The Heron’s Cry is the second release in Ann Cleeves’ Two Rivers series, following DI Matthew Venn and his team.
The first book in the series, The Long Call, was a standout Mystery for me in 2019, so I was highly anticipating this next installment.
Unsurprisingly, Cleeves did not disappoint. This woman could teach a master class on writing an engaging Police Procedural.
This particular Mystery kicks off when Venn is called to a crime scene at a rural home occupied by a group of artists. A man has been killed, stabbed in the neck with a shard from one of his glassblower daughter’s vases.
Dr. Nigel Yeo, the victim, is a dedicated public servent, a loving father and valued member of his community. It’s perplexing as to why anyone would want him dead.
His daughter, Eve, the glassblower, is particularly distraught, as is Venn when he discovers Eve is actually a good friend of his husband, Jonathan. Of course, sometimes it seems everybody knows everybody in a small community.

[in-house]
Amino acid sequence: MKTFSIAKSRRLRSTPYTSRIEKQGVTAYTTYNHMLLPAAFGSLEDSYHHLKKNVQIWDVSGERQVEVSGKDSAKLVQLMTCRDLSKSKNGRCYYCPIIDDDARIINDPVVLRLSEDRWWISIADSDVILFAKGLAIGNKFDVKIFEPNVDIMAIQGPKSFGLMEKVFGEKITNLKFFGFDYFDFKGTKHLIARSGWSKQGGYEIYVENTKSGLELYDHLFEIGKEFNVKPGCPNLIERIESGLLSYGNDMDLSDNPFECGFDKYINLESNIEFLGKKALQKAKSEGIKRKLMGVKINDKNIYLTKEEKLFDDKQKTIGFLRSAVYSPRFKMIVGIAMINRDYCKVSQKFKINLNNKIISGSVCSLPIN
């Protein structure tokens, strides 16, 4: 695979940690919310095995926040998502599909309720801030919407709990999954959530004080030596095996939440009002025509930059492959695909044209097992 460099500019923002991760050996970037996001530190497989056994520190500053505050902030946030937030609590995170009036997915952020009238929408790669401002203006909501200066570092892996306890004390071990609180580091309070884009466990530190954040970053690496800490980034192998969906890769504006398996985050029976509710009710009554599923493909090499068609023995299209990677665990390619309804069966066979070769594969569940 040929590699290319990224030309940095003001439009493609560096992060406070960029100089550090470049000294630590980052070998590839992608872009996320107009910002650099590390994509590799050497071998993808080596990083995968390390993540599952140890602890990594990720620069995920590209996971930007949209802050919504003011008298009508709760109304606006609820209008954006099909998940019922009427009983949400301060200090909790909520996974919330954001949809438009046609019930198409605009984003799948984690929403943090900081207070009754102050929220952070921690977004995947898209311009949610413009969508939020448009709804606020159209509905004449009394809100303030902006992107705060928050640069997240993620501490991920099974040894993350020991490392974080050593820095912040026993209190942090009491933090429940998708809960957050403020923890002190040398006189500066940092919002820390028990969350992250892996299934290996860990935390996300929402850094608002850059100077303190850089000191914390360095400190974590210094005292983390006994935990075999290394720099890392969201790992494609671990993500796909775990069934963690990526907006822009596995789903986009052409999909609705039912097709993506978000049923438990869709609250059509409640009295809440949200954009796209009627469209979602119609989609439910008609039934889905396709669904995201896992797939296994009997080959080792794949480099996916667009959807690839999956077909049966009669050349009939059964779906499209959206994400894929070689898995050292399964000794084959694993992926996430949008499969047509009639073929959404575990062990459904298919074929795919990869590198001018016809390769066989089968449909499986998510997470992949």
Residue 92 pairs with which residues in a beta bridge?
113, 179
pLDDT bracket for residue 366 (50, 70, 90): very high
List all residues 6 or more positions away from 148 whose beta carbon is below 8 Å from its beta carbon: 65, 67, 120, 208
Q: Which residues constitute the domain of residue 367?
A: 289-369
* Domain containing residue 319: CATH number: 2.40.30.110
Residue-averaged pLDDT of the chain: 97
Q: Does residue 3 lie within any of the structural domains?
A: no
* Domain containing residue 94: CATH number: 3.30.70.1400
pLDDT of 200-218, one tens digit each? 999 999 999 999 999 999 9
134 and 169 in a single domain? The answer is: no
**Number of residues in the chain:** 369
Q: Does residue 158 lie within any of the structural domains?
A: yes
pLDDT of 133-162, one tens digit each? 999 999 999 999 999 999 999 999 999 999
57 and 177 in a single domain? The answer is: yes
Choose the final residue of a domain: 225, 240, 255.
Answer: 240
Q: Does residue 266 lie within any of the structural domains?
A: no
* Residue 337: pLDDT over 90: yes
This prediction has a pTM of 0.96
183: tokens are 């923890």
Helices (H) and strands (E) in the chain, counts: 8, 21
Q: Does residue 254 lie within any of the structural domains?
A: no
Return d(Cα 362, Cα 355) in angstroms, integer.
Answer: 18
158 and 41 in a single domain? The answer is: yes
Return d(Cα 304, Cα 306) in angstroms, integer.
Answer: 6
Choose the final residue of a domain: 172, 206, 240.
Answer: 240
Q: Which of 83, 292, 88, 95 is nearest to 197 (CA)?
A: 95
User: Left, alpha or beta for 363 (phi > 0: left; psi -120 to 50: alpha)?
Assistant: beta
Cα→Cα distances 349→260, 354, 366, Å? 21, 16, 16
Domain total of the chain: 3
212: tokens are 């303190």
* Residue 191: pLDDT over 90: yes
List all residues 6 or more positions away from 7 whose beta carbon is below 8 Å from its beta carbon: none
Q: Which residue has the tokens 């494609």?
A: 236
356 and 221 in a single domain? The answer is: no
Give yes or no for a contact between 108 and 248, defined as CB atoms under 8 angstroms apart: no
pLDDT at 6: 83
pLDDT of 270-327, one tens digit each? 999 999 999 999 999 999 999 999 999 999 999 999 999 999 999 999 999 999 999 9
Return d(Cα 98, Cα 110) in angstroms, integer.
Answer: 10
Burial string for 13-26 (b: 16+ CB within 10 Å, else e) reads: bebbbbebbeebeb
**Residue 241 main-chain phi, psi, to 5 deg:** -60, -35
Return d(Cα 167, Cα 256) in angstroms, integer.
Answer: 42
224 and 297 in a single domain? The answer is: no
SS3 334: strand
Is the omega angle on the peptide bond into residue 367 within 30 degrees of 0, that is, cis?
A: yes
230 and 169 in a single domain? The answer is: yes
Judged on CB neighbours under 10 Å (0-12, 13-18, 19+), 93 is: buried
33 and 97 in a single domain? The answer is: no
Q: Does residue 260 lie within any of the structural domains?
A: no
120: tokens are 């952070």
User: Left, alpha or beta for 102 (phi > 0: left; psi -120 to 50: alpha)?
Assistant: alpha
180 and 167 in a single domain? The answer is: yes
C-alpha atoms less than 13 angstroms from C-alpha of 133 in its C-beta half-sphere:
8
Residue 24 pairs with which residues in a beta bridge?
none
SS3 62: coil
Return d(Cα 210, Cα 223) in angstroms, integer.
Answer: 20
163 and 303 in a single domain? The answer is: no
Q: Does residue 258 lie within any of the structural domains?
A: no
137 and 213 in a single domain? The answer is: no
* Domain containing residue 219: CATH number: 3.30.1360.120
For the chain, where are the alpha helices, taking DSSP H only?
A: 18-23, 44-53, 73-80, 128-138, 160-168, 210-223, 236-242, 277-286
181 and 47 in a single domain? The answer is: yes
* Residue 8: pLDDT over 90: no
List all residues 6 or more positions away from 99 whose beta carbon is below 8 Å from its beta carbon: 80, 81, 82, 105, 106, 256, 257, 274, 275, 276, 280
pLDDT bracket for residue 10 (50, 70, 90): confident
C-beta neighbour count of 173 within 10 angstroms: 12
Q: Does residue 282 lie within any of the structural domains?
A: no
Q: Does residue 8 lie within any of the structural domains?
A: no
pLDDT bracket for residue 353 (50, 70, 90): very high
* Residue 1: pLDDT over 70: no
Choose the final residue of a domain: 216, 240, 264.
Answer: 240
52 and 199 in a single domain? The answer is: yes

The detectives discover a line of inquiry Yeo was following with regards to his work for the health ministry. It involved the suicides of two young men and the possible failure of the health system in providing them appropriate care.
Could someone have been meaning to silence him?
When another body is discovered, killed in the same fashion, Venn and team fear they may have stumbled across something larger than they initially anticipated.
I really enjoyed my time with this novel. Being back with DI Venn and learning more about him and his team, it felt comfortable. Cleeves has created a great cast of main characters for this series. I enjoy how she includes a few different perspectives.
The coastal community in North Devon provided an insular, small town atmosphere, which I tend to enjoy in my Mysteries. I loved learning all about the town’s secrets; the underbelly of an otherwise picturesque place. Every community has things they would prefer to keep from the outside world.
I also enjoyed how this story incorporated a group of artists, randomly thrown together into a sort of communal living situation. That whole subculture feel was quite interesting.
I’m not sure if there are going to be more books in this series, but I truly hope there will be. I could picture this one running for a long time. If that’s the case, I will be so happy that I got in on it early.
If you haven’t had a chance to check out this series yet, and you love Police Procedural Mysteries, you really should. Now is the time!
Thank you so much to the publisher, Minotaur Books and Macmillan Audio, for providing me with a copy to read and review. I highly recommend the audiobook. It’s completely absorbing.
I am definitely looking forward to more Ann Cleeves!